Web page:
An increasingly unpopular Senator is attempting to scrape through another election campaign by rehashing the IRS scandal in a new attack video, suggesting the President Obama is the new Richard Nixon and deliberately tampering with campaign funds in order to handicap his opponent.
Sen. Mitch McConnell’s (R-Ky), who currently only has a 36 percent approval rating, released the heavily edited attack advertisement on Thursday, which focused mostly on the recent discovery that the IRS more heavily scrutinized tea party-affiliated groups seeking non-profit status.
The ad is set up so that the first two minutes or so is devoted slices of McConnell’s speeches warning that the tea party is facing some challenges with the IRS. Then, the ad narrows in on Lois Lerner, an IRS official who was in charge of the non-profit sector, who refused to testify before Congress and the phrase “Zero Accountability” flashes on the screen.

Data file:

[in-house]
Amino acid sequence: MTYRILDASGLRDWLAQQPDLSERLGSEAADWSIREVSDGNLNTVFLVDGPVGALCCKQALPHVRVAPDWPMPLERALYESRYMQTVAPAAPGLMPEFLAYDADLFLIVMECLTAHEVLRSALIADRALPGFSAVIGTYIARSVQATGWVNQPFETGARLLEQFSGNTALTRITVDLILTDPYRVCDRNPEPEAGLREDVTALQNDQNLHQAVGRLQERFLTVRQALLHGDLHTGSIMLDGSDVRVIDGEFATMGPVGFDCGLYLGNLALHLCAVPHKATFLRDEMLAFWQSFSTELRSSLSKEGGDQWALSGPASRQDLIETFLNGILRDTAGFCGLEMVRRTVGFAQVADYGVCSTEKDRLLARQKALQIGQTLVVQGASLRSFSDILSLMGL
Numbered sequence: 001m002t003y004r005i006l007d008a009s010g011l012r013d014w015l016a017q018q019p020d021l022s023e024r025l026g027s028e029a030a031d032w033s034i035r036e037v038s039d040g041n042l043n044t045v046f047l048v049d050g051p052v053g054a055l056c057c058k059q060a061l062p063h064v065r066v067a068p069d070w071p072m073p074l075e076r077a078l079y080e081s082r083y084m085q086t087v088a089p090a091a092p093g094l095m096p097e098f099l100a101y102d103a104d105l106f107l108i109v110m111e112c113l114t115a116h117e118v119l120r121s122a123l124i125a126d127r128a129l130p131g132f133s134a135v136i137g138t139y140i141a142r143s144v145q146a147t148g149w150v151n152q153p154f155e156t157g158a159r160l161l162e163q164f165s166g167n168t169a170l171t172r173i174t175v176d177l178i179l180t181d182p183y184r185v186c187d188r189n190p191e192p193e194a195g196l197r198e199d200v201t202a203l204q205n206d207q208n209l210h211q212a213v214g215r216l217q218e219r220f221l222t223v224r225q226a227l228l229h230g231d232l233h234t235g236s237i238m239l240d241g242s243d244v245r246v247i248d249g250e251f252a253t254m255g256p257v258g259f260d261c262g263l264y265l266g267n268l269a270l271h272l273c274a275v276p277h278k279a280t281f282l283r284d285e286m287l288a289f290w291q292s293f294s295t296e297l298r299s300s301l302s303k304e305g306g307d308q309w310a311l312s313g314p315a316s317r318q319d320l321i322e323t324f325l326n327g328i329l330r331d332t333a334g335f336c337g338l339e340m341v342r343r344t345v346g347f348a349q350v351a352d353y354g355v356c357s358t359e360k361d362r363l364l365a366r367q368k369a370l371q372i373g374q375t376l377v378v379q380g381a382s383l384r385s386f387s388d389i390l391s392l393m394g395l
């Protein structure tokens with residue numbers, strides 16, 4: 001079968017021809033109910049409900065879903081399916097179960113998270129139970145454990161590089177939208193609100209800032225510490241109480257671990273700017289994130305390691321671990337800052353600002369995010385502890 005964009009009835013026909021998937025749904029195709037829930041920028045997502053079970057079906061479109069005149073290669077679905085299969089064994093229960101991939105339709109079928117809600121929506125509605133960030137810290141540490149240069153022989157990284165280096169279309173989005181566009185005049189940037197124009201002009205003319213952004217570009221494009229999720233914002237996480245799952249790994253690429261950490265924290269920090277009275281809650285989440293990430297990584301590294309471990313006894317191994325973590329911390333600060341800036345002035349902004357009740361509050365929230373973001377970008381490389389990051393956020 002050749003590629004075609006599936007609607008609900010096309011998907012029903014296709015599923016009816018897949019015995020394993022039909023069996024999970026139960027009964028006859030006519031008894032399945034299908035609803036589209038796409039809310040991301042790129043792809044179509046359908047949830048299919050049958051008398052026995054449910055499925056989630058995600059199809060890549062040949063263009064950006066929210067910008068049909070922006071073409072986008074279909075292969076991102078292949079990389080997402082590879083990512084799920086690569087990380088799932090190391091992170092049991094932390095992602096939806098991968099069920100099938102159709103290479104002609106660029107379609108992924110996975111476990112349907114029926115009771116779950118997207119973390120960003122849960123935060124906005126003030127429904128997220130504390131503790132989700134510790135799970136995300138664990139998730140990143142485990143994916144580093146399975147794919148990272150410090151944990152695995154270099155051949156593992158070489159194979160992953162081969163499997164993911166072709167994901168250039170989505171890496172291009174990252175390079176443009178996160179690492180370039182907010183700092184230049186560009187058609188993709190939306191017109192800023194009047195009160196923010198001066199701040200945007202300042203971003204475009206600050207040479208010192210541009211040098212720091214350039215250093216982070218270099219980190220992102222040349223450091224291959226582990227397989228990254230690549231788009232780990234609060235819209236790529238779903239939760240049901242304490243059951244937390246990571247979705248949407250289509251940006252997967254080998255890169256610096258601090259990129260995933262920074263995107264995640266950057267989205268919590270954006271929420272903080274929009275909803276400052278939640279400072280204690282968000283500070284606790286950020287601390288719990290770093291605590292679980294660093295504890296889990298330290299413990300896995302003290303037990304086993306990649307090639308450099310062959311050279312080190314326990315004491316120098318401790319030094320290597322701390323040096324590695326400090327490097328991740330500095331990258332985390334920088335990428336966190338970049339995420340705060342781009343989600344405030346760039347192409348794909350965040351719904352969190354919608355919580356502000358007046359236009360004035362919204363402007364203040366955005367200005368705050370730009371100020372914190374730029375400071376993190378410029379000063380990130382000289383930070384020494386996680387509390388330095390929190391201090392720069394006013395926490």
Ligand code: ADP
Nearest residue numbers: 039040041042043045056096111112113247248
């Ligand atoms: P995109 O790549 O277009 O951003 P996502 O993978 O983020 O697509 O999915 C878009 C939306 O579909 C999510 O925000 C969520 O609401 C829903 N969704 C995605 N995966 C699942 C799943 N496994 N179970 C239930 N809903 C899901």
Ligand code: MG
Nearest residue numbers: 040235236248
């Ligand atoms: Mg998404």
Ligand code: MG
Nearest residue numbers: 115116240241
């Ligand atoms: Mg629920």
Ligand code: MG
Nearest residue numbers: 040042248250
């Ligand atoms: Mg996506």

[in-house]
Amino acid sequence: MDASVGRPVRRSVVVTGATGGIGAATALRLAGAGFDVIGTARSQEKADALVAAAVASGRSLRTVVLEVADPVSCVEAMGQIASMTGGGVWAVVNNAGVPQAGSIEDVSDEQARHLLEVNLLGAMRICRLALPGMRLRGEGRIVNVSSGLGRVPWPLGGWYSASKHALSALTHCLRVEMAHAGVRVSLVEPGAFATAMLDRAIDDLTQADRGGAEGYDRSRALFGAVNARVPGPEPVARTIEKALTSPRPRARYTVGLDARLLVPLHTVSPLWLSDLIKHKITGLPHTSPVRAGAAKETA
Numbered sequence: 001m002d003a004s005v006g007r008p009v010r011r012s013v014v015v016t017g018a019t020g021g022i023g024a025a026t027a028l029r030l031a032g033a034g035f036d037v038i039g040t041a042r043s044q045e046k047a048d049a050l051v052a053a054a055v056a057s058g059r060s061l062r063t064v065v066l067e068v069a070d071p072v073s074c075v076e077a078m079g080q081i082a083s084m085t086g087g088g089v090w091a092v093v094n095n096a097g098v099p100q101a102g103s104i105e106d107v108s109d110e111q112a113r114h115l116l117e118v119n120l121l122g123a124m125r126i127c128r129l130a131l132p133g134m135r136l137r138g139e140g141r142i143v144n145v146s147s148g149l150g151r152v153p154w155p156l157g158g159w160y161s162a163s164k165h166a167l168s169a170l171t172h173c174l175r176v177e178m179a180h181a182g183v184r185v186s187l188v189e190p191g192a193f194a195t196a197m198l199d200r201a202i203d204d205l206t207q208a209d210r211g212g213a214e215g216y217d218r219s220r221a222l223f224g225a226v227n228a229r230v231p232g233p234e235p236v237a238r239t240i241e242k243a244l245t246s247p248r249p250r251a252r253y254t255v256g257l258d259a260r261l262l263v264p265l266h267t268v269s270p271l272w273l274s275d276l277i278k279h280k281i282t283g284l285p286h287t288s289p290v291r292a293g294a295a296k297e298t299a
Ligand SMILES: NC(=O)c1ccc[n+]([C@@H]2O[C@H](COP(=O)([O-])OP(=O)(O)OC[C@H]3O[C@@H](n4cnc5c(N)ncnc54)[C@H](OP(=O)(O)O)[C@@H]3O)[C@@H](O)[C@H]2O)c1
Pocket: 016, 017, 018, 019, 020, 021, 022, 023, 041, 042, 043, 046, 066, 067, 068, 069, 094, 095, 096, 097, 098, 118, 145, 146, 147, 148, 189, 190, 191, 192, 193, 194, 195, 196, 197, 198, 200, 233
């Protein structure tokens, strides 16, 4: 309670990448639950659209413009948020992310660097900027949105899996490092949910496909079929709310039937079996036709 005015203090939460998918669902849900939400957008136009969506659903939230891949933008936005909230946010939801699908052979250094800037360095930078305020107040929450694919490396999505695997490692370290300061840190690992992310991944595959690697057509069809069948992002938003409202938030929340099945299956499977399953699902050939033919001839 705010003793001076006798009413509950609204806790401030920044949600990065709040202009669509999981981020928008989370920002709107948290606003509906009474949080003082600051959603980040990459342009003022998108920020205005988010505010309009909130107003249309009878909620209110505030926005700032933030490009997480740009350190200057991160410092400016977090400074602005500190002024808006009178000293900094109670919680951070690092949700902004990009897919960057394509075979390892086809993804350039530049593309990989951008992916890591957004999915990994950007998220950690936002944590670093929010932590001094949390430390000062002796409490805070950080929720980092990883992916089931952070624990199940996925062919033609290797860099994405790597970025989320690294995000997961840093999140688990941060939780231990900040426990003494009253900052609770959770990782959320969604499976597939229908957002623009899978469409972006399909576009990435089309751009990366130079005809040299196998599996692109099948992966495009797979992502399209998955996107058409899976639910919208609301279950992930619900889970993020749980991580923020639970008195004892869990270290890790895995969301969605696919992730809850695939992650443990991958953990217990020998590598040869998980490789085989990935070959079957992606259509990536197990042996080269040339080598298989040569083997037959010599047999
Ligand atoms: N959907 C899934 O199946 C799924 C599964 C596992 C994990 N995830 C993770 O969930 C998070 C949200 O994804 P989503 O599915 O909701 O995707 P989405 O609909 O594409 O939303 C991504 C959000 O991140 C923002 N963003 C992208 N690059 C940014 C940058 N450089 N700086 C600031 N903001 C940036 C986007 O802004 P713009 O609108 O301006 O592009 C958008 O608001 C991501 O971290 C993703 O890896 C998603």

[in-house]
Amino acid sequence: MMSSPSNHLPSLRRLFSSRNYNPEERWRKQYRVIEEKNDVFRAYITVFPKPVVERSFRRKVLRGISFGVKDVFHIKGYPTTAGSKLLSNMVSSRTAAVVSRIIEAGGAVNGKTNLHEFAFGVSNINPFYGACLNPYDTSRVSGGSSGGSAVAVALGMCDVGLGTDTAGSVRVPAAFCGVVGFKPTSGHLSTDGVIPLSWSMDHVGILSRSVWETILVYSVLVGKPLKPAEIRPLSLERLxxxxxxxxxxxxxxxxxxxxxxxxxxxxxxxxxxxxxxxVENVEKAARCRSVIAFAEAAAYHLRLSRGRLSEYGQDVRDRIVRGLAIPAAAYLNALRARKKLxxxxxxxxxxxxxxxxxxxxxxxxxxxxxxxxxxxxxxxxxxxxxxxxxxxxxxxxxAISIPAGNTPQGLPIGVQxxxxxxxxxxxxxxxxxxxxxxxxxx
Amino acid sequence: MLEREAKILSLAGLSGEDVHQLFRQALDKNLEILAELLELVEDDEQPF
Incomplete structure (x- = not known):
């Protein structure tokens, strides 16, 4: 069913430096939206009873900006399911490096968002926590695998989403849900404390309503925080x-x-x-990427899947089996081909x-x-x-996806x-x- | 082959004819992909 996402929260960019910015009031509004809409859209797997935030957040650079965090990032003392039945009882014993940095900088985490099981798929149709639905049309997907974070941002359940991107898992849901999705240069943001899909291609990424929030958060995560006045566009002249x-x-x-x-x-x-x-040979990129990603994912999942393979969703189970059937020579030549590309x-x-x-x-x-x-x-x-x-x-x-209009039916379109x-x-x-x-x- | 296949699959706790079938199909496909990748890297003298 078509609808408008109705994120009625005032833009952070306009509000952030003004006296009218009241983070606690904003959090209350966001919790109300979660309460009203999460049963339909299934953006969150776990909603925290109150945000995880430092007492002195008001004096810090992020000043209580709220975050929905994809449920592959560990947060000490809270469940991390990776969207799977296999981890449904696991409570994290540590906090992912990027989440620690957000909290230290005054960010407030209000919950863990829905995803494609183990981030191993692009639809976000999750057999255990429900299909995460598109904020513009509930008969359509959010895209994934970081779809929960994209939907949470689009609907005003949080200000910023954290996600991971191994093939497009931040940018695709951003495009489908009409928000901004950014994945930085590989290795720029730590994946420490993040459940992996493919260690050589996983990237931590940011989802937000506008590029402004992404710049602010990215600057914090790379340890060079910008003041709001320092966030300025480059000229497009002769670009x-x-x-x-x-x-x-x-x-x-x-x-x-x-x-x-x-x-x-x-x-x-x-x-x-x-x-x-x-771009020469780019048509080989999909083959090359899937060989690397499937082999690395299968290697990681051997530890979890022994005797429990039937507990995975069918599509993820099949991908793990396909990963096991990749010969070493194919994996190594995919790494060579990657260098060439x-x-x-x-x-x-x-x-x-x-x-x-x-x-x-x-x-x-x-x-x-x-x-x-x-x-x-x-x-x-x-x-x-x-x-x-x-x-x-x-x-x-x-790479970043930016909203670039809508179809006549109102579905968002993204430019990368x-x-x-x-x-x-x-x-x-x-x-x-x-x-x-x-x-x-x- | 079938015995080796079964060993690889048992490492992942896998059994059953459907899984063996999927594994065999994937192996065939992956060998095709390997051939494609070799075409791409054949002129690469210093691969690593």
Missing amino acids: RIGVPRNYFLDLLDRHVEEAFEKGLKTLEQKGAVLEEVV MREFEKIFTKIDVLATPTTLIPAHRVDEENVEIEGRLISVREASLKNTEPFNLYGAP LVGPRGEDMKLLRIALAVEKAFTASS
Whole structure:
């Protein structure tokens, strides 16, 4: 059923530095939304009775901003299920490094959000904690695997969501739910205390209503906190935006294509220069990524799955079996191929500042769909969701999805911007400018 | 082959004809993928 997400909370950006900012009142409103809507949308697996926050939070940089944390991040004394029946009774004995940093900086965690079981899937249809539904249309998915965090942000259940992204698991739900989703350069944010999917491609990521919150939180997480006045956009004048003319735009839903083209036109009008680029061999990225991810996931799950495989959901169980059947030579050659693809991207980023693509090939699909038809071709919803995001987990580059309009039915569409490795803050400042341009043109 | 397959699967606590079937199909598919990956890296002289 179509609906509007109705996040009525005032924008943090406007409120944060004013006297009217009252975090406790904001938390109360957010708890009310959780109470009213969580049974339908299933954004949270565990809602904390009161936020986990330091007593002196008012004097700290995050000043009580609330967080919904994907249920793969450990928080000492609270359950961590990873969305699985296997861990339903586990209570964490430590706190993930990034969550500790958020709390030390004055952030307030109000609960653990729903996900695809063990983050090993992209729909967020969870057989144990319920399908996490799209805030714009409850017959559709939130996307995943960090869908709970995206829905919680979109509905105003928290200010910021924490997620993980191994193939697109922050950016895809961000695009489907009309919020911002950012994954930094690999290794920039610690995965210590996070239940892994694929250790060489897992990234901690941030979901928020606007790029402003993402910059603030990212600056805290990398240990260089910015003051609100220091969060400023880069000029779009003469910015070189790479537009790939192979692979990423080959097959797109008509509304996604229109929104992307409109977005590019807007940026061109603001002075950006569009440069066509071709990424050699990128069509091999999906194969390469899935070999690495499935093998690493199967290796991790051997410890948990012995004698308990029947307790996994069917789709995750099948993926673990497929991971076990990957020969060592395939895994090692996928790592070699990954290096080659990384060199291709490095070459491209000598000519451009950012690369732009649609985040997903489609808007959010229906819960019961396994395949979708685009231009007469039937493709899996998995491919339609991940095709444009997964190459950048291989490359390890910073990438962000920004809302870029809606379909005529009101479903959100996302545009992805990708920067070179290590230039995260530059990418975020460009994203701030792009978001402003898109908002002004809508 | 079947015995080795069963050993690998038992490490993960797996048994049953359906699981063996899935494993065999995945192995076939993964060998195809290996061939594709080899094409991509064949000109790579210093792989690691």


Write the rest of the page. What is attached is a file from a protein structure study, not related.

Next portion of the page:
Then, clips of other IRS commissioners, Douglas Shulman and Steven Miller, who were working in the IRS before Obama became president, show them repeating “I don’t know” from conversations heavily taken out of context.
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“What aren’t they telling us?” the ad then asks. Then, taken out of a conversation in which Miller was attempting to emphasize his disapproval of the IRS targeting activity, the ad shows Miller getting asked, “Do you believe it is illegal,” with Miller answering, “I don’t believe it is.” In the actual conversation, Milller contends that the targeting wasn’t technically illegal, but inappropriate. Treasury Inspector General J. Russell George, who was investigating the matter and interviewed later in the same hearing, agreed with Miller.
The ad’s grand finale, then, is a clip from President Nixon’s interview with David Frost when he said, “When the president does it, that means it is not illegal.”
Clearly, the ad was attempting to suggest that the administration that the President himself was involved in the IRS targeting, which is a familiar tune the Republicans attempted to hash out immediately after the IRS revelations. Yet, as per usual, no controversial tape recordings or any other type of proof could be found to back up the claims.